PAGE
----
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The changing face of consumers



Speaking at last month’s Vision Consumer Products conference in New Orleans, Dan Butler of the National Retail Federation (NRF) shared some general observations on the global retail market.



By Karen McIntyre, Editor



Published February 29, 2012
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The biggest change in retail, he said, is how fast the rate of change is. Today’s retailers are changing the way they gauge consumer satisfaction or purchasing patterns. At the same time, consumers are becoming more frugal, driven not only by economic concerns but also by a need to reduce their environmental footprint.

Among the interesting observations Butler made during this presentation was the fact that today, 38% gauge their consumers’ satisfaction daily, usually in practices unheard of just a few years ago. From survey incentives, Facebook and Twitter, these retailers are in constant communication with customers, meaning that they can amend the shopping experience or product mix to meet their everchanging needs. Consumers, meanwhile, have a shorter attention span than ever before and are influenced by multiple sources at once.

While markets for nonwoven products like diapers, construction materials or wall coverings may not be as dynamic as say the clothing markets, manufacturers doing business in this space should be responding to these changes. Already, many brands—Boogie Wipes, Pampers, Huggies, etc.—are using Facebook or Twitter to get a message out to their consumers or even to create a forum for their customers to sound off about serious issues facing them, but how seriously are they using these platforms to gauge what their customers want? How well are their customers responding to these sites?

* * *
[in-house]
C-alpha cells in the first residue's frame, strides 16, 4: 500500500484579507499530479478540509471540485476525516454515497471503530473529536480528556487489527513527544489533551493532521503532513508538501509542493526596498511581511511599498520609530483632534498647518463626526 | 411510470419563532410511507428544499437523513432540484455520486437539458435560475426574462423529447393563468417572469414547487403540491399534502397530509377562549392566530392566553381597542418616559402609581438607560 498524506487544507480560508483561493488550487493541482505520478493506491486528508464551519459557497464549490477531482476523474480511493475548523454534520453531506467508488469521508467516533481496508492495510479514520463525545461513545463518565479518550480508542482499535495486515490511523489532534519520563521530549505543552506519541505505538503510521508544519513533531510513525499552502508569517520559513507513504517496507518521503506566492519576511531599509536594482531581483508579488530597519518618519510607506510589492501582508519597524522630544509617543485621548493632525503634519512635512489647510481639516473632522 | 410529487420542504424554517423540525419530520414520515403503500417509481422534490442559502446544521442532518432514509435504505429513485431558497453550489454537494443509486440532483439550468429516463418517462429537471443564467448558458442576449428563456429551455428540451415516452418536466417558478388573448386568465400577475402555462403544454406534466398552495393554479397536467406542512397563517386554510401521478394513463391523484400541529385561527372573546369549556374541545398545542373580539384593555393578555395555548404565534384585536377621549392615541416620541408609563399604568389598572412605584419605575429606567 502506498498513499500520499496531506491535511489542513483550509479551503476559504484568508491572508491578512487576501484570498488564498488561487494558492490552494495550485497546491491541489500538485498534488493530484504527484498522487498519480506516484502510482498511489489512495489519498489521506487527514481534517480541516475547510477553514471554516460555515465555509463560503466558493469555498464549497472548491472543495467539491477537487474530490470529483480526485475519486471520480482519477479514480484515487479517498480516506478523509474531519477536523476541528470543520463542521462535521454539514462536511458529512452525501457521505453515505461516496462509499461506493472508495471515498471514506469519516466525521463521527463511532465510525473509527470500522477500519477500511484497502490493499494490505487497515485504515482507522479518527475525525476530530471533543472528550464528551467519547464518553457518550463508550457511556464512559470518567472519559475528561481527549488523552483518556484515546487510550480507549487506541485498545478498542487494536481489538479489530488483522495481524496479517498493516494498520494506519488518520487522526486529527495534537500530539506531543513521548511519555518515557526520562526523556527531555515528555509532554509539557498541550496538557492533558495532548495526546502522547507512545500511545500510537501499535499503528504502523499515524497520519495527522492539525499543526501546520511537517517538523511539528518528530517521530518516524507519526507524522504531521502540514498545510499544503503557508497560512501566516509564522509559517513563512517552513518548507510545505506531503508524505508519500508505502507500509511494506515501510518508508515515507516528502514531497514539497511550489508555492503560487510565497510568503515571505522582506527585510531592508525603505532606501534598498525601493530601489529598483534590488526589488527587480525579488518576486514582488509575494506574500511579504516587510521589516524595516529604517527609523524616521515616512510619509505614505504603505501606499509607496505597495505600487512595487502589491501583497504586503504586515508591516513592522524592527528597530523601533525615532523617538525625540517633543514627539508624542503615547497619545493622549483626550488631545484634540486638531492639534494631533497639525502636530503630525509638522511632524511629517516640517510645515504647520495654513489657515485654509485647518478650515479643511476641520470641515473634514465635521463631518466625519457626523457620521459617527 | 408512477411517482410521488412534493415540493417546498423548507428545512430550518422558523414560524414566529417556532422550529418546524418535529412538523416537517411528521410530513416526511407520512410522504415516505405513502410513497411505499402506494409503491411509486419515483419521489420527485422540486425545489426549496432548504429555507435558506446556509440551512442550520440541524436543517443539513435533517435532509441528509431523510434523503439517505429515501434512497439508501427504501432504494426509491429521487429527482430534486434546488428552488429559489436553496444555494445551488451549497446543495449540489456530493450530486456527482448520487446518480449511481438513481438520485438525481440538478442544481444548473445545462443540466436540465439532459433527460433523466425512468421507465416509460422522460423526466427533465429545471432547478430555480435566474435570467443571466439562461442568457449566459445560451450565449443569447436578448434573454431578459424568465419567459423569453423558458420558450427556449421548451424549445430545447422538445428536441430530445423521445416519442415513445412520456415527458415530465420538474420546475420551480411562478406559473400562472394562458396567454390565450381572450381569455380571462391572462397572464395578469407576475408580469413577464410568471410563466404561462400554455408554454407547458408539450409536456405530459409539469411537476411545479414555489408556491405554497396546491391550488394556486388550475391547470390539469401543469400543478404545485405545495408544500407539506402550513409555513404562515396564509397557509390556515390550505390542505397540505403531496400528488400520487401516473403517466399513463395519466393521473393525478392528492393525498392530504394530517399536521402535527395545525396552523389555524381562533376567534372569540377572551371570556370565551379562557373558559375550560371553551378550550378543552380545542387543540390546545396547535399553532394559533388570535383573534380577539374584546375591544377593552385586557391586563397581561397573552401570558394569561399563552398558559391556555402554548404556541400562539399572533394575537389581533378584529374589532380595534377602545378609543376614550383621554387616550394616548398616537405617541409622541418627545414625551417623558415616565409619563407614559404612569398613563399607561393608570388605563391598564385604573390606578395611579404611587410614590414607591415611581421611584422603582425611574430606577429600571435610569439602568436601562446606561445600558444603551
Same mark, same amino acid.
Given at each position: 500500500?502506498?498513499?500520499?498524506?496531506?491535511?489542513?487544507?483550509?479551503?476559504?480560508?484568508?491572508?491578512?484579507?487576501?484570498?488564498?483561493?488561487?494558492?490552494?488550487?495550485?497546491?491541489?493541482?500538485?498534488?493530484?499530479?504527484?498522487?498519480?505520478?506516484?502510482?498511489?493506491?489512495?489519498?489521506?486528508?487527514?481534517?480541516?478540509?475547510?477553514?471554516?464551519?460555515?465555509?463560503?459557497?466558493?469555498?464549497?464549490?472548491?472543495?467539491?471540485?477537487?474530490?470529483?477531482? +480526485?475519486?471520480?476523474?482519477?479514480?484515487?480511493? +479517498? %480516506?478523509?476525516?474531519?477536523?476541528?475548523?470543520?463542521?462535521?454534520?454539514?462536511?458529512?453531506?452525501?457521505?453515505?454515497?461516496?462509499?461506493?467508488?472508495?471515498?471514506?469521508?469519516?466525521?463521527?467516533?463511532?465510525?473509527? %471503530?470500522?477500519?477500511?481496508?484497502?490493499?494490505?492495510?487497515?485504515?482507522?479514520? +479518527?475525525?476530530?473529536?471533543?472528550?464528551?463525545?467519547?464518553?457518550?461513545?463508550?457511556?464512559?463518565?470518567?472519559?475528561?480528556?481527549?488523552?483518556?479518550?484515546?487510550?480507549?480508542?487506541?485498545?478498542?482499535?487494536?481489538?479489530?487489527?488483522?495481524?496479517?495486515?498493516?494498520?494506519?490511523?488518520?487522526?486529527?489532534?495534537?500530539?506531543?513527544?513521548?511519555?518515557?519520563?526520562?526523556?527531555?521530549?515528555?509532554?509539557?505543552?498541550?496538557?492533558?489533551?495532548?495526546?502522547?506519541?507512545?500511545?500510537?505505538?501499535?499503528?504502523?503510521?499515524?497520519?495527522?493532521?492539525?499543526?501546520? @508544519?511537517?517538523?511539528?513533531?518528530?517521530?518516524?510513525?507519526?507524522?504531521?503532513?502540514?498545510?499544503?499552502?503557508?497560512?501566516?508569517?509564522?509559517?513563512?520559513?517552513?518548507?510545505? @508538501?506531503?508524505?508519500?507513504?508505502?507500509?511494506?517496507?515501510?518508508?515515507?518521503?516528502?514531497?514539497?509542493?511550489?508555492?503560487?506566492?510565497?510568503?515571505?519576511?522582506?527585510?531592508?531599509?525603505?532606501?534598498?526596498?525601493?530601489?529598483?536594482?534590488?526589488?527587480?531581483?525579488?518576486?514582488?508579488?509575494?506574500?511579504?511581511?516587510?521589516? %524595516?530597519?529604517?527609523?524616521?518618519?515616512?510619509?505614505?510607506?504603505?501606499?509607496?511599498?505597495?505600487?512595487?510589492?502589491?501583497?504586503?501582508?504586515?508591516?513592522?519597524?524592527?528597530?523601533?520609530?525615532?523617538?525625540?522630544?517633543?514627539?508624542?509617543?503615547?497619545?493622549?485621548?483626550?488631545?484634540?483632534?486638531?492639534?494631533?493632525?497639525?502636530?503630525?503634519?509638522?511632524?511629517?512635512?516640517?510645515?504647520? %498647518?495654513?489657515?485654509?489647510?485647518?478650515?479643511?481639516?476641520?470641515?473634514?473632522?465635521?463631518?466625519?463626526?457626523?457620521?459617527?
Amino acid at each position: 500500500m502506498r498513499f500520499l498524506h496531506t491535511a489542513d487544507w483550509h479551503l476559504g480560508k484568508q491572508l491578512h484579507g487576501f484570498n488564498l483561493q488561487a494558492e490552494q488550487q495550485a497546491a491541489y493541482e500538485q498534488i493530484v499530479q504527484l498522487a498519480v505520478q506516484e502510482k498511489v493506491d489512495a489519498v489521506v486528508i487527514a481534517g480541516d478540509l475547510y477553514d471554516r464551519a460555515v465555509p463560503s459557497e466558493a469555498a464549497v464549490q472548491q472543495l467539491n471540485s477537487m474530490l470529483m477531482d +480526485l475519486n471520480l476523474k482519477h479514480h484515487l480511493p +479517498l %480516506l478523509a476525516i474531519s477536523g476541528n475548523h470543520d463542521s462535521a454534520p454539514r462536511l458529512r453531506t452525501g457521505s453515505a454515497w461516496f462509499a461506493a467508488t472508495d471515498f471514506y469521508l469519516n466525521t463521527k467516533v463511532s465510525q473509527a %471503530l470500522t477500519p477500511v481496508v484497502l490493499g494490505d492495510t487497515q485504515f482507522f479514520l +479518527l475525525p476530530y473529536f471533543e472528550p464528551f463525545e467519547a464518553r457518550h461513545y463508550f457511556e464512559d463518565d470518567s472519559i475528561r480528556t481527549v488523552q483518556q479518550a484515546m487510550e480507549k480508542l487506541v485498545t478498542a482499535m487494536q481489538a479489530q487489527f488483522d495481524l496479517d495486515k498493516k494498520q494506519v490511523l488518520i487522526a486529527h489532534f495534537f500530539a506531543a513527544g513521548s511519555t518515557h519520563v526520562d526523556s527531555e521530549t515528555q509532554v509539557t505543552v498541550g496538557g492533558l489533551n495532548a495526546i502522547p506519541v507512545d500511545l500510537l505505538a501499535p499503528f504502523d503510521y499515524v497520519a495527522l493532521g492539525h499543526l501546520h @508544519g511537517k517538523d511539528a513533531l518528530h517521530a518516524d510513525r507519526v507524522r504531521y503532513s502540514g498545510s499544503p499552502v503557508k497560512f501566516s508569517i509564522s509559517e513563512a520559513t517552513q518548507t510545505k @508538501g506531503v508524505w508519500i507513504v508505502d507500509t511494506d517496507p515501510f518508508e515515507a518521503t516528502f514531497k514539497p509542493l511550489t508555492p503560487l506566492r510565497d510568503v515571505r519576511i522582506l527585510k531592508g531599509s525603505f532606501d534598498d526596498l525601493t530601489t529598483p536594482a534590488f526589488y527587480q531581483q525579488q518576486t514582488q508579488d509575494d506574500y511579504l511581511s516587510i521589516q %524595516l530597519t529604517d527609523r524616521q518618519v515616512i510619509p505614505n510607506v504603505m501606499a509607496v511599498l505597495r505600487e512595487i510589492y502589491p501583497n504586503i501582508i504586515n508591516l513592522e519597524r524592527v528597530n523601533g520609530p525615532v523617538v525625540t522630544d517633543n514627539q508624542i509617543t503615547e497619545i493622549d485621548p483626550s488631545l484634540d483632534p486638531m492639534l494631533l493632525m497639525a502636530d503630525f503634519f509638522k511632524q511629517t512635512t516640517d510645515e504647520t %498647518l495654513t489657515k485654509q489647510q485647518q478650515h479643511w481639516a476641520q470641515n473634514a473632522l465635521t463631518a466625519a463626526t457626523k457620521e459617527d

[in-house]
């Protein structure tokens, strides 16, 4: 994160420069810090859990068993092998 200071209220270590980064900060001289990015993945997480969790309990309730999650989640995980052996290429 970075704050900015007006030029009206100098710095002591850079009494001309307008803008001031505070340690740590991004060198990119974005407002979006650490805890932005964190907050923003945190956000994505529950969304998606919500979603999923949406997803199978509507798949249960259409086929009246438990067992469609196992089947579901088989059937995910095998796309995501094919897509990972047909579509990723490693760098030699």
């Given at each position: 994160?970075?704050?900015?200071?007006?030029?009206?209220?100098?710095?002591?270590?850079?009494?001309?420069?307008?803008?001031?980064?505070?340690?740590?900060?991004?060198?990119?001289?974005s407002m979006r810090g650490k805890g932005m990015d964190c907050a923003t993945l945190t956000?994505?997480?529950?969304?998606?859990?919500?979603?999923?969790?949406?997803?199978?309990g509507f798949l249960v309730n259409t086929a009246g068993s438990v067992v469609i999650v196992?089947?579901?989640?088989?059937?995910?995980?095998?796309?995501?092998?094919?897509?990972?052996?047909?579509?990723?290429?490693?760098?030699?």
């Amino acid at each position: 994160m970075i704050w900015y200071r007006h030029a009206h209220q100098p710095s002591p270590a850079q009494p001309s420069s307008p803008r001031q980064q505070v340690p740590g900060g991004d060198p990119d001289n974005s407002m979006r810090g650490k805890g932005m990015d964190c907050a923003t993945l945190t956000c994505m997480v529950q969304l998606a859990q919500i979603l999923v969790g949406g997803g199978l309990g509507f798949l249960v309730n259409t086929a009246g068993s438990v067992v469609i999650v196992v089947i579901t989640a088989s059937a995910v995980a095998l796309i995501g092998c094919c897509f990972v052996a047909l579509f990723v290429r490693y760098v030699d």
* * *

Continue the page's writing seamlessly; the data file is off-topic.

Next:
Speaking of customers, the average consumer in the Middle East and North Africa (MENA) is changing even more quickly than their Western counterpart. This month, we take a look at how the market for nonwovens in this developing region is not only expanding but is booming. With Procter & Gamble poised to begin diaper production there—and several nonwovens producers and other suppliers following suit—there is no doubt that things are going to change in the hygiene markets in places like Egypt, Algeria, Lebanon and Saudi Arabia. This will surely mean great things for nonwovens as the populations in these regions trend on the young side with 50% or more of the population under the age of 18 in some countries. This combined with lower penetration levels, rising birth rates and increasing disposable incomes will create nice opportunitiess for growth in many markets for nonwovens.

In fact, EDANA is so bullish about this region that this month, the European nonwovens association will host a special symposium dedicated to the Middle East and North Africa in Dubai. Already predicted to be a success, this event shows how important the region is to nonwovens moving foward.